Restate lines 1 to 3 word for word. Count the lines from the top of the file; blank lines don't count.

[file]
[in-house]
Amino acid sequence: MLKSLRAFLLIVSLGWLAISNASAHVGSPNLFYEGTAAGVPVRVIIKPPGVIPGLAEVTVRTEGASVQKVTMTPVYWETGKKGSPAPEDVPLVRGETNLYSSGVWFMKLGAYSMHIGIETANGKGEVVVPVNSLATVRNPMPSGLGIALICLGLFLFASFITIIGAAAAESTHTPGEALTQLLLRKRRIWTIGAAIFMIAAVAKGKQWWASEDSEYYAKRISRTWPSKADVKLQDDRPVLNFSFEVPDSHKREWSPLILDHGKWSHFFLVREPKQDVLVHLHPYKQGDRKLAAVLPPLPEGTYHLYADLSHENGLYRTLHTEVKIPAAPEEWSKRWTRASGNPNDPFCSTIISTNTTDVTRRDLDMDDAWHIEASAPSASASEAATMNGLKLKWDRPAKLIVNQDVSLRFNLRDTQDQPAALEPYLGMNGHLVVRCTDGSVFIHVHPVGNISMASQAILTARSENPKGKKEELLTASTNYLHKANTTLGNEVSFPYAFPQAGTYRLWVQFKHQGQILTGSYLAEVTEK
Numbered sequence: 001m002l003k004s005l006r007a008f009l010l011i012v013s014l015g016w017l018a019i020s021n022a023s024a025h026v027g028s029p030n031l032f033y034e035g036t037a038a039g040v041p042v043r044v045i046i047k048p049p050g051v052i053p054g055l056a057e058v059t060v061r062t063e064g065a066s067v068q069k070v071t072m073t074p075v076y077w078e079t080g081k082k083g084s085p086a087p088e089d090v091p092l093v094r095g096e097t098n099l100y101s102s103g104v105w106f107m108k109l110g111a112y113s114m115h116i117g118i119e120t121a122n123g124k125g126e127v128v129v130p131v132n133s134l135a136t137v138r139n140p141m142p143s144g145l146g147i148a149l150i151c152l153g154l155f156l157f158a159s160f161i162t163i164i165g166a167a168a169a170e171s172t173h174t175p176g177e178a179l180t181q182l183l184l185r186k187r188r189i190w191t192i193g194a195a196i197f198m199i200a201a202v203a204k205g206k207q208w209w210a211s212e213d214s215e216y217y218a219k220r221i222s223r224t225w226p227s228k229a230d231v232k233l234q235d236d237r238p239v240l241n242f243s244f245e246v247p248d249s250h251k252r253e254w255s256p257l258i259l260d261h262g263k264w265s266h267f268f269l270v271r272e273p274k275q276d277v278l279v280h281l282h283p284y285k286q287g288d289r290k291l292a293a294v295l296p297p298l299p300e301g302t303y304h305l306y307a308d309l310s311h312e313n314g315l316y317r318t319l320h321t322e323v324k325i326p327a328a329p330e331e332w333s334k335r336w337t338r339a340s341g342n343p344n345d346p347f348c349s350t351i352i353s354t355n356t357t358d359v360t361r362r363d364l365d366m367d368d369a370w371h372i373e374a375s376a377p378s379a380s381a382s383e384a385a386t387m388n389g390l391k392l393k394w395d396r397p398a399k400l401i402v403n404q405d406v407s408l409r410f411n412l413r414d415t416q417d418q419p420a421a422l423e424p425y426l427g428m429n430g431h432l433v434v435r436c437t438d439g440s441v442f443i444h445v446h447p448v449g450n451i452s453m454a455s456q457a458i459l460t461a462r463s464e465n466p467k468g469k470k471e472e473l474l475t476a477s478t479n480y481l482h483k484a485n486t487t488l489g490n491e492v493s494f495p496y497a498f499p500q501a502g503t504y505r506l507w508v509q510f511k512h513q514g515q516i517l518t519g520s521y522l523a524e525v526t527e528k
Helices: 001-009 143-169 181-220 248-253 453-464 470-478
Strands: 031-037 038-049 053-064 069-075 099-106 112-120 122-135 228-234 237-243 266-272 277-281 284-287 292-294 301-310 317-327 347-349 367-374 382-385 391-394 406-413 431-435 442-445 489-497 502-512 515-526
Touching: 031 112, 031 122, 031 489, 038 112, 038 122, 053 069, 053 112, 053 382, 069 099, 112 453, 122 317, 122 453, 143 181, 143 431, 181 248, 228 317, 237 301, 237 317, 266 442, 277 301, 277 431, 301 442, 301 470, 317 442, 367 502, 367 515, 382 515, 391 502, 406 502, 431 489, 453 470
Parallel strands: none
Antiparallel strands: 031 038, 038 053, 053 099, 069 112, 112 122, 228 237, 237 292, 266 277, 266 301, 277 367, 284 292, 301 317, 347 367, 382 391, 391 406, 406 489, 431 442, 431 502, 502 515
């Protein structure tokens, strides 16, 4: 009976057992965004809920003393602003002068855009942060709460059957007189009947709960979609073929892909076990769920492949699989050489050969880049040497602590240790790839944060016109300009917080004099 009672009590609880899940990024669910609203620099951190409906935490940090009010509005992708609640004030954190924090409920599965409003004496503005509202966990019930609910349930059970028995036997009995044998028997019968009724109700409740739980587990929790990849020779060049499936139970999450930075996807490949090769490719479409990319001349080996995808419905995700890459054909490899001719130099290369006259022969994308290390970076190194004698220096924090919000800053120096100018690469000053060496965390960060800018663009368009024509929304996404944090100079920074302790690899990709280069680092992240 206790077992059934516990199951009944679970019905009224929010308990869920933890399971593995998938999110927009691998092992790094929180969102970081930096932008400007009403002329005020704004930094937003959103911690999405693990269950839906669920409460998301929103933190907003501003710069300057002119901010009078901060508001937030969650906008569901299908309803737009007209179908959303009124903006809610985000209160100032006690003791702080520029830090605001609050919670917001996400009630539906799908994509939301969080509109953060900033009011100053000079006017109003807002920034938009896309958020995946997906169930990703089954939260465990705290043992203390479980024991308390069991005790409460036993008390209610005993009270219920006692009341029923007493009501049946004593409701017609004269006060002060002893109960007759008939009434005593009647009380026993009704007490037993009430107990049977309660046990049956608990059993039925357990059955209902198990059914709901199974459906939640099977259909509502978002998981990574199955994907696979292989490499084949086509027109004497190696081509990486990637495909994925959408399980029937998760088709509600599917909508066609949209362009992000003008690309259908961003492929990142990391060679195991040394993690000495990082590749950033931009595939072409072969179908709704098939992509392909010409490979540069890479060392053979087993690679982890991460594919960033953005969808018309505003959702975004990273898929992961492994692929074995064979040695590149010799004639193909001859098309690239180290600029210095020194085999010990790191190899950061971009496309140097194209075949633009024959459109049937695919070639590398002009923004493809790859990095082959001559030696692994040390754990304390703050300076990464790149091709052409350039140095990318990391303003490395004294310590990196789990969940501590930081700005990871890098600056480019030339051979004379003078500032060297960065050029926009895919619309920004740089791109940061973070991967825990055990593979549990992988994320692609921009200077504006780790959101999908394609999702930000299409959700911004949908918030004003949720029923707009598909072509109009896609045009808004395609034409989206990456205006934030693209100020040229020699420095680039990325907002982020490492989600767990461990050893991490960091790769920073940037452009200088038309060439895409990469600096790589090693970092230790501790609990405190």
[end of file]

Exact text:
[in-house]
Amino acid sequence: MLKSLRAFLLIVSLGWLAISNASAHVGSPNLFYEGTAAGVPVRVIIKPPGVIPGLAEVTVRTEGASVQKVTMTPVYWETGKKGSPAPEDVPLVRGETNLYSSGVWFMKLGAYSMHIGIETANGKGEVVVPVNSLATVRNPMPSGLGIALICLGLFLFASFITIIGAAAAESTHTPGEALTQLLLRKRRIWTIGAAIFMIAAVAKGKQWWASEDSEYYAKRISRTWPSKADVKLQDDRPVLNFSFEVPDSHKREWSPLILDHGKWSHFFLVREPKQDVLVHLHPYKQGDRKLAAVLPPLPEGTYHLYADLSHENGLYRTLHTEVKIPAAPEEWSKRWTRASGNPNDPFCSTIISTNTTDVTRRDLDMDDAWHIEASAPSASASEAATMNGLKLKWDRPAKLIVNQDVSLRFNLRDTQDQPAALEPYLGMNGHLVVRCTDGSVFIHVHPVGNISMASQAILTARSENPKGKKEELLTASTNYLHKANTTLGNEVSFPYAFPQAGTYRLWVQFKHQGQILTGSYLAEVTEK
Numbered sequence: 001m002l003k004s005l006r007a008f009l010l011i012v013s014l015g016w017l018a019i020s021n022a023s024a025h026v027g028s029p030n031l032f033y034e035g036t037a038a039g040v041p042v043r044v045i046i047k048p049p050g051v052i053p054g055l056a057e058v059t060v061r062t063e064g065a066s067v068q069k070v071t072m073t074p075v076y077w078e079t080g081k082k083g084s085p086a087p088e089d090v091p092l093v094r095g096e097t098n099l100y101s102s103g104v105w106f107m108k109l110g111a112y113s114m115h116i117g118i119e120t121a122n123g124k125g126e127v128v129v130p131v132n133s134l135a136t137v138r139n140p141m142p143s144g145l146g147i148a149l150i151c152l153g154l155f156l157f158a159s160f161i162t163i164i165g166a167a168a169a170e171s172t173h174t175p176g177e178a179l180t181q182l183l184l185r186k187r188r189i190w191t192i193g194a195a196i197f198m199i200a201a202v203a204k205g206k207q208w209w210a211s212e213d214s215e216y217y218a219k220r221i222s223r224t225w226p227s228k229a230d231v232k233l234q235d236d237r238p239v240l241n242f243s244f245e246v247p248d249s250h251k252r253e254w255s256p257l258i259l260d261h262g263k264w265s266h267f268f269l270v271r272e273p274k275q276d277v278l279v280h281l282h283p284y285k286q287g288d289r290k291l292a293a294v295l296p297p298l299p300e301g302t303y304h305l306y307a308d309l310s311h312e313n314g315l316y317r318t319l320h321t322e323v324k325i326p327a328a329p330e331e332w333s334k335r336w337t338r339a340s341g342n343p344n345d346p347f348c349s350t351i352i353s354t355n356t357t358d359v360t361r362r363d364l365d366m367d368d369a370w371h372i373e374a375s376a377p378s379a380s381a382s383e384a385a386t387m388n389g390l391k392l393k394w395d396r397p398a399k400l401i402v403n404q405d406v407s408l409r410f411n412l413r414d415t416q417d418q419p420a421a422l423e424p425y426l427g428m429n430g431h432l433v434v435r436c437t438d439g440s441v442f443i444h445v446h447p448v449g450n451i452s453m454a455s456q457a458i459l460t461a462r463s464e465n466p467k468g469k470k471e472e473l474l475t476a477s478t479n480y481l482h483k484a485n486t487t488l489g490n491e492v493s494f495p496y497a498f499p500q501a502g503t504y505r506l507w508v509q510f511k512h513q514g515q516i517l518t519g520s521y522l523a524e525v526t527e528k